After discovery, Trinidad and the government jointly moved for summary judgment, but the district court denied that motion. Instead, it sua sponte decided to hold a bifurcated trial with an initial phase focused solely on the question whether “to admit the collateral assignment as being genuine and authentic” under Federal Rule of Evidence 901. The second phase was to address the merits of Maritime's interest in the Red Road property. The district court explained that the question of authenticity was “a nice clean issue” that, if resolved against Maritime, would obviate the need to resolve the complicated dispute about the legal effect of an unrecorded assignment of a security interest in real property for which Gutierrez, the party who allegedly conveyed the assignment, did not hold title. Maritime objected on the ground that the authenticity issue should be consolidated with the merits issues, but it later conceded that an adverse ruling on authenticity would make the “other issues ․ go away.”
At the hearing for the first phase of trial, Maritime presented three witnesses: Lesley Alfonso, the Maritime director who allegedly discovered the collateral assignment; Frank Norwitch, a certified document examiner who reviewed the collateral assignment; and Raul Gutierrez, who allegedly signed the assignment. The government presented no live witnesses. Alfonso testified that in early 2010, Andrew Ferguson, Maritime's chief executive officer and the son of Steve Ferguson, asked her to search for any documents related to the Red Road property. She asserted that she discovered the assignment in the files of a deceased Maritime executive who had managed the loan transaction with Gutierrez. Alfonso also testified that she returned to the storage room to ensure that there were no other documents responsive to the description she was given. Cross-examination by the government and questioning by the district court made clear that this testimony conflicted with Alfonso's earlier deposition testimony, in which she agreed that she did not have “occasion to go back into the storage room and look at the folder or anything else that was around that document.”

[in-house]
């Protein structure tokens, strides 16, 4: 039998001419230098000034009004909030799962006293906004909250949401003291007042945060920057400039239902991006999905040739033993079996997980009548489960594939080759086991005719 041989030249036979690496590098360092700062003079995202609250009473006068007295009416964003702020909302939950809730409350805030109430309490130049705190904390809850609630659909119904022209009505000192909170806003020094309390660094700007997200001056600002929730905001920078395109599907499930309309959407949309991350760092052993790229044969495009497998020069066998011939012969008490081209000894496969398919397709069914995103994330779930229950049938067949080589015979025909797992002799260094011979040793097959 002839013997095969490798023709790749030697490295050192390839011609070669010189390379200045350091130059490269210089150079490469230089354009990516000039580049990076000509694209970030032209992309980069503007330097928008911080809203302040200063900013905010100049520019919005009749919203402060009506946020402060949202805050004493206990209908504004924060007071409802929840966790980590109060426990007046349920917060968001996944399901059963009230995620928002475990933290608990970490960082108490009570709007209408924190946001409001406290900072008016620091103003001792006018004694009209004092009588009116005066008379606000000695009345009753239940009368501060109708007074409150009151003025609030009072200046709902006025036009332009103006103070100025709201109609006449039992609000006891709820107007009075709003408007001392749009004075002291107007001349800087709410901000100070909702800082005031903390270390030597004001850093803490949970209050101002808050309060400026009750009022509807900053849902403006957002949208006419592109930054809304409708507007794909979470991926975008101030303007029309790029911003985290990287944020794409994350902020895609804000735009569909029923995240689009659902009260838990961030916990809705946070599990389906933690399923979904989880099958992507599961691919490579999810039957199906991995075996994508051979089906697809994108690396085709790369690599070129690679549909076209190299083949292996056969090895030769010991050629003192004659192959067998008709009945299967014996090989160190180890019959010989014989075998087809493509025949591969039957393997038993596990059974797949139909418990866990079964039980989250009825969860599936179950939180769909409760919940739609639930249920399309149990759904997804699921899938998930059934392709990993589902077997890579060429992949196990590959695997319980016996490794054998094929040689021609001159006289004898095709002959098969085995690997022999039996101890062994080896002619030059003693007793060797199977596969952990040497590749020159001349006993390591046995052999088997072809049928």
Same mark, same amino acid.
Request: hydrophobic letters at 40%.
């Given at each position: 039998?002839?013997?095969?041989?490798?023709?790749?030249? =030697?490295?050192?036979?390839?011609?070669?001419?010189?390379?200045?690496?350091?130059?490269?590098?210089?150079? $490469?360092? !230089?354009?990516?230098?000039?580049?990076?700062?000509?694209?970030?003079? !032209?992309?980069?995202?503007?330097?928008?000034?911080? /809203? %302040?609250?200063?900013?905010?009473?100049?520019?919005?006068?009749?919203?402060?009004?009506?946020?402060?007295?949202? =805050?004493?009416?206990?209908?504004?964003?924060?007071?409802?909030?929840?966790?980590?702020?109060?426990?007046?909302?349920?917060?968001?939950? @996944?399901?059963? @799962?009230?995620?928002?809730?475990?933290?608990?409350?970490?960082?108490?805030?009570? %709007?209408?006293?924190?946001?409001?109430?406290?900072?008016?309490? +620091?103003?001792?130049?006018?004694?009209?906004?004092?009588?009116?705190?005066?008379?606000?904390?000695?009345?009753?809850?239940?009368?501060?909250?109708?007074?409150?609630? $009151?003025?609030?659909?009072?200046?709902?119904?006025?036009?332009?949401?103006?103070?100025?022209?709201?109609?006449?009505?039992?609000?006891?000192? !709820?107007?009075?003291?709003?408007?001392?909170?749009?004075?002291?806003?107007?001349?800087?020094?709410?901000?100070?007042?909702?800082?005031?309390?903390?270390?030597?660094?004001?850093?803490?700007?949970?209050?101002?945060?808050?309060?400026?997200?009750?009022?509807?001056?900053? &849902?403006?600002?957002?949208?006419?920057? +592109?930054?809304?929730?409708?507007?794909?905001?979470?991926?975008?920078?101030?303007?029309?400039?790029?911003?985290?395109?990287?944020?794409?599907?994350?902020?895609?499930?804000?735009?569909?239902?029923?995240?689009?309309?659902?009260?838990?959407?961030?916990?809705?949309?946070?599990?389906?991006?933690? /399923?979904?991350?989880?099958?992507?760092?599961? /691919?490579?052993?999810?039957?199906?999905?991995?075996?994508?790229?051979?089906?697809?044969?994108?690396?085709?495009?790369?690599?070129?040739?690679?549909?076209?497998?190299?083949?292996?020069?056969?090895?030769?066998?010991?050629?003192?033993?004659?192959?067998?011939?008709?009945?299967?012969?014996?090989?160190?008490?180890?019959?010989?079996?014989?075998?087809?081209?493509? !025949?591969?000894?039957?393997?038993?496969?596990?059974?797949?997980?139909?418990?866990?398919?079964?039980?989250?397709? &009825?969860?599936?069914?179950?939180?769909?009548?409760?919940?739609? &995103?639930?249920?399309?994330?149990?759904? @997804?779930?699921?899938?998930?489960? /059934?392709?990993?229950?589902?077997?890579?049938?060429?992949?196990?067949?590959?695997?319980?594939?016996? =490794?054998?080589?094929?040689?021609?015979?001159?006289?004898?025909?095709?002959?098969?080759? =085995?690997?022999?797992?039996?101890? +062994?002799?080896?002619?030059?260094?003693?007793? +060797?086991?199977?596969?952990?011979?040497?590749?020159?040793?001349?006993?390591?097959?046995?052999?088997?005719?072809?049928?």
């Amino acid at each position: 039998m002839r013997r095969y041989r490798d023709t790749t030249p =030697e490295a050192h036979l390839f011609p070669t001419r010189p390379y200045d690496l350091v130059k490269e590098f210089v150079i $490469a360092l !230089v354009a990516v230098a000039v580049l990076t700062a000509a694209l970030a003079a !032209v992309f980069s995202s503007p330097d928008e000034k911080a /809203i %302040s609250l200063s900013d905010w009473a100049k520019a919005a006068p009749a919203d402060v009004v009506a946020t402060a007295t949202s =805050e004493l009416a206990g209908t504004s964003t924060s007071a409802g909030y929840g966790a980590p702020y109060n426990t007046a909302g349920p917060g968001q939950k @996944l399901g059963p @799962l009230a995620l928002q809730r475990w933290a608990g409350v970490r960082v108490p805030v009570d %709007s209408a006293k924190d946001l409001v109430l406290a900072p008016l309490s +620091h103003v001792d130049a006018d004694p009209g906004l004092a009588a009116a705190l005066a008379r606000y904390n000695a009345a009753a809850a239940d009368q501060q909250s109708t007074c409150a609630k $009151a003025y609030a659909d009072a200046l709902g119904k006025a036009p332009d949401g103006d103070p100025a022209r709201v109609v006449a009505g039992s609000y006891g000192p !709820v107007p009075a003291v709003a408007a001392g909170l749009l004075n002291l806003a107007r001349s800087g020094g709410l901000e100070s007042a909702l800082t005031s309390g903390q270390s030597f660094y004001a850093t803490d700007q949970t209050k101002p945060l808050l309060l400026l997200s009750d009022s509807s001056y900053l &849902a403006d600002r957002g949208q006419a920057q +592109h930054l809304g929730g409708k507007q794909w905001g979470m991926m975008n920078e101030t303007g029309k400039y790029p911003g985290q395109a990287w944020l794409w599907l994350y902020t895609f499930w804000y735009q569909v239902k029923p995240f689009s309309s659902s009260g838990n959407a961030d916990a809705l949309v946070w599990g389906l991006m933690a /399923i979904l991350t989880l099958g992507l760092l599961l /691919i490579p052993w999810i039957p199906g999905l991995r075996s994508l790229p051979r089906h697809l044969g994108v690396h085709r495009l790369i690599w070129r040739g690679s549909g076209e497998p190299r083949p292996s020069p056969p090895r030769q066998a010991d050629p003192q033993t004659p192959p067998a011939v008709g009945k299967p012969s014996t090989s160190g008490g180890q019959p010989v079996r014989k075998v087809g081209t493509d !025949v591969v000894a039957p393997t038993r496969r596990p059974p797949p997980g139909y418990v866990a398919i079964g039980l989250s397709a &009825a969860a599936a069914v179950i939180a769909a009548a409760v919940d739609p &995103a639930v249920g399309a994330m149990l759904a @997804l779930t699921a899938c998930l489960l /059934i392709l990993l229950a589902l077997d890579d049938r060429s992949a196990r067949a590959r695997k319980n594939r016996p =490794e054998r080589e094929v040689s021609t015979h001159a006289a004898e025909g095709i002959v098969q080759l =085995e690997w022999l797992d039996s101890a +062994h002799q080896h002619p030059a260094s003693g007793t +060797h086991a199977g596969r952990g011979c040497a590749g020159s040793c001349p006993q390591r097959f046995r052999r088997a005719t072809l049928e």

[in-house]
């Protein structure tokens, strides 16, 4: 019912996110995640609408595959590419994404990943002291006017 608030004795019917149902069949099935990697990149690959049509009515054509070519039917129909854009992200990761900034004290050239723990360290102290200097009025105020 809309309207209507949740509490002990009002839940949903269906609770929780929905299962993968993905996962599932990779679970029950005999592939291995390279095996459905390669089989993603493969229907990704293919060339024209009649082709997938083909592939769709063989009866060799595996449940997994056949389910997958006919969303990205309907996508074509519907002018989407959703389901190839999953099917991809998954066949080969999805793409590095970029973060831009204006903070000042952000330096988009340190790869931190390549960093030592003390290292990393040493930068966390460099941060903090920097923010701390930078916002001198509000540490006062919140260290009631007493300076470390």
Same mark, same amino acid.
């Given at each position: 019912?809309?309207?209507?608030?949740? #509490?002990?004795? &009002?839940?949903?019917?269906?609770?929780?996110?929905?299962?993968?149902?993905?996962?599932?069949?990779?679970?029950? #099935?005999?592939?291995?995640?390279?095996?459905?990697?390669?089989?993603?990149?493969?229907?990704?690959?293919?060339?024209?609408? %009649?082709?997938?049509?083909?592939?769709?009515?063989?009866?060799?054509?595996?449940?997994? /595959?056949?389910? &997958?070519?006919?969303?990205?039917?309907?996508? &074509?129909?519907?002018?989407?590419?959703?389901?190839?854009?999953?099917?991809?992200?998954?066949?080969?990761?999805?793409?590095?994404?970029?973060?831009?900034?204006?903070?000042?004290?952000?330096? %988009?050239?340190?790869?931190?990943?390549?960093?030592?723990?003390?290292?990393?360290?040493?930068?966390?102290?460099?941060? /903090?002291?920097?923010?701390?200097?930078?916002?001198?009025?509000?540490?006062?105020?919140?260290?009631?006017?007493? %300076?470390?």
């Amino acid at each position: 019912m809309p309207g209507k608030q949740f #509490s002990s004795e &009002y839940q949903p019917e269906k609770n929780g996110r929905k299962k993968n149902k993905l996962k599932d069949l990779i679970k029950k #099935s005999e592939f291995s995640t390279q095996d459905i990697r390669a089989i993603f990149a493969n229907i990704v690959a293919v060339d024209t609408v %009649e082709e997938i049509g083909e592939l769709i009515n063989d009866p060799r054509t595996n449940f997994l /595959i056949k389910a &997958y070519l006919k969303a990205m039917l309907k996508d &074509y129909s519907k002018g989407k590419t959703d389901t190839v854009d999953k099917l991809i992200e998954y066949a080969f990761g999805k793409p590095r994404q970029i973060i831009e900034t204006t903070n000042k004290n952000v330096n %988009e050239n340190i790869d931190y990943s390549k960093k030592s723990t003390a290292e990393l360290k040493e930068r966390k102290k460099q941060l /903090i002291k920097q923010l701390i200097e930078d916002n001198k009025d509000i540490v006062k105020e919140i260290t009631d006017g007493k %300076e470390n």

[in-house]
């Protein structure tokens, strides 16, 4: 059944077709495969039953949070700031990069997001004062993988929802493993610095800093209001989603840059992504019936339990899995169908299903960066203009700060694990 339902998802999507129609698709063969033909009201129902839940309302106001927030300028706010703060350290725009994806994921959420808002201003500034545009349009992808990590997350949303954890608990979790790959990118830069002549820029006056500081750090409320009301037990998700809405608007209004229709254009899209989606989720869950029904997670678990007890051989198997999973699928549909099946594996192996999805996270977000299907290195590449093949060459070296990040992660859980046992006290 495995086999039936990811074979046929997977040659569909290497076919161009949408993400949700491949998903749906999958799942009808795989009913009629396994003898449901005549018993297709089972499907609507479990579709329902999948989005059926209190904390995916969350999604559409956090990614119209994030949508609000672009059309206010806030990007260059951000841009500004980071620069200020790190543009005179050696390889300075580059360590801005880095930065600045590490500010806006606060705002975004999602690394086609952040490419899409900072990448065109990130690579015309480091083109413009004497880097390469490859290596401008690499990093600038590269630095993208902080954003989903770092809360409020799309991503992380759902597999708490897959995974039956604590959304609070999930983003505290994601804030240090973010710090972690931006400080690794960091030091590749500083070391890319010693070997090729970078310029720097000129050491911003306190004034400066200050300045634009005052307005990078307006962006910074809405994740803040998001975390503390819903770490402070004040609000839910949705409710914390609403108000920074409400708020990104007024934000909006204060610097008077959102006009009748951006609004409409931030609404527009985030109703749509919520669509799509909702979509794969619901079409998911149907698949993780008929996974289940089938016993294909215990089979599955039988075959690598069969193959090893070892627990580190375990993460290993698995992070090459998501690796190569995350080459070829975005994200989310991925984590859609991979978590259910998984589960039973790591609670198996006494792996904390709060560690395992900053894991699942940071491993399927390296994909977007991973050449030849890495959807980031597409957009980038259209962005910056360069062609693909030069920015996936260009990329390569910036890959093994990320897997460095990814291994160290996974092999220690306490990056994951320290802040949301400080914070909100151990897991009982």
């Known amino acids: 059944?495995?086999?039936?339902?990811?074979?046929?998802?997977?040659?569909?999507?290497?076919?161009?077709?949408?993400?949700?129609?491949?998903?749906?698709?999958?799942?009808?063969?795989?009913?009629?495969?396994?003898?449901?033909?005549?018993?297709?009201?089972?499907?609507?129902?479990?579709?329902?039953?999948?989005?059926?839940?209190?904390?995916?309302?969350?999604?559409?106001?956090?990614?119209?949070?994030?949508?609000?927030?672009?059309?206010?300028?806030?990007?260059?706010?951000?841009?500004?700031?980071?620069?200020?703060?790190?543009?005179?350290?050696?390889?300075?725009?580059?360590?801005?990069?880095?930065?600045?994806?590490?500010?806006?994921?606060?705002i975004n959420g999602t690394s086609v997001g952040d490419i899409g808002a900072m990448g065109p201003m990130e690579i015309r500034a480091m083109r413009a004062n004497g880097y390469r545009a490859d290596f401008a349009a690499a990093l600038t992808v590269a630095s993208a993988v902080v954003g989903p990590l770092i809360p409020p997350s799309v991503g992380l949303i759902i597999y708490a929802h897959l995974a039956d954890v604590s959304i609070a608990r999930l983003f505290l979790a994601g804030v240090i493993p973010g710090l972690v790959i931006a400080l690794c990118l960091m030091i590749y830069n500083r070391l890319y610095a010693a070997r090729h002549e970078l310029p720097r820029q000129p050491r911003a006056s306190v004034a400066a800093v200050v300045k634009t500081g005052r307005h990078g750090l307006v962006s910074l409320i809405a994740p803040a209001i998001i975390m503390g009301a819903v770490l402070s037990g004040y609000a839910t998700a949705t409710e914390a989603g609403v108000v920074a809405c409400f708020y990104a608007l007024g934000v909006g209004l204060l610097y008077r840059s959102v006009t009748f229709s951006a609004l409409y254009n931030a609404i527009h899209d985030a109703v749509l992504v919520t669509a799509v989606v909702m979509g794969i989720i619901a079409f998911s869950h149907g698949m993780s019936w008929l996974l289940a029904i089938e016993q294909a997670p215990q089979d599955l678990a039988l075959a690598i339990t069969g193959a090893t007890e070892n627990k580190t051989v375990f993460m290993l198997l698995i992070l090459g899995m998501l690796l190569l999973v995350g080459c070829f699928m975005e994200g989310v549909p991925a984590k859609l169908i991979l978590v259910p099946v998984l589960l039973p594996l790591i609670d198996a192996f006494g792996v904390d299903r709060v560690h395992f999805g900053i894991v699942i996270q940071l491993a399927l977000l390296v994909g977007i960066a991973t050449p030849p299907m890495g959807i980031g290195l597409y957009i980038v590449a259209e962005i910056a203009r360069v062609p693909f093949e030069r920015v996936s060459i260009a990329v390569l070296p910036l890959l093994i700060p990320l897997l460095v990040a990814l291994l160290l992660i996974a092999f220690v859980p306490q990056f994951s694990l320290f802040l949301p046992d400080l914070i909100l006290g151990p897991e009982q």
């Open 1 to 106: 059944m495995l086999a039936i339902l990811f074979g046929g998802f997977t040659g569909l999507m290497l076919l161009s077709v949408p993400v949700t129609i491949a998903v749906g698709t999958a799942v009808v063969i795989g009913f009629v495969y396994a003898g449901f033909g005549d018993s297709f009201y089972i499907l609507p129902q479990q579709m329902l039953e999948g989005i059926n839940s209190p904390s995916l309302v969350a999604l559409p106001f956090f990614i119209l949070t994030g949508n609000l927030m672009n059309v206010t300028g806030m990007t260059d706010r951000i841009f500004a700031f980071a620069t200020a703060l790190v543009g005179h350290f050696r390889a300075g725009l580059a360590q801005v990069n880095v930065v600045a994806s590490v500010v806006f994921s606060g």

Norwitch testified as an expert after the government stipulated to his qualifications. He testified that he examined the watermark and the ink used in both the typed and handwritten portions of the collateral assignment and concluded that there was “no evidence that this document was anything other than what it is purported to be.” But Norwitch explained that the ink used in the document has been in commercial use for decades and that he could not determine “when [the] document was signed.” And Gutierrez testified that he executed the collateral assignment on July 24, 2001, after Maritime requested additional collateral. He admitted that he failed to list the assignment in his presentence investigation report and testified that he never thought to record the multi-million-dollar transaction. Gutierrez also acknowledged that he had been convicted of crimes of fraud and that he had falsified his community-service hours after being released from prison.
After the hearing for the first phase of trial, the district court ruled that Maritime had failed to carry its burden of proving the authenticity of the collateral assignment “by the greater weight of the evidence.” The court determined that circumstantial evidence and unexplained defects present on the face of the document undermined the inference that the assignment was authentic. It also determined that the expert testimony was inconclusive, that Alfonso and Gutierrez were not credible, and that virtually no evidence corroborated the authenticity of the assignment. Having ruled that the collateral assignment was inauthentic, the district court concluded that it was unnecessary to proceed to the second phase of trial and denied Maritime's claim.
II. STANDARD OF REVIEW
“We review a district court's legal conclusions regarding third-party claims to criminally forfeited property de novo and its factual findings for clear error.” United States v. Marion, 562 F.3d 1330, 1335 (11th Cir. 2009).
We divide our discussion in two parts. First, we explain that although the district court applied the wrong standard when it assessed the authenticity of the alleged collateral assignment, the error was harmless. Second, we explain that the district court erred by permitting Trinidad to intervene, but this error too does not warrant reversal.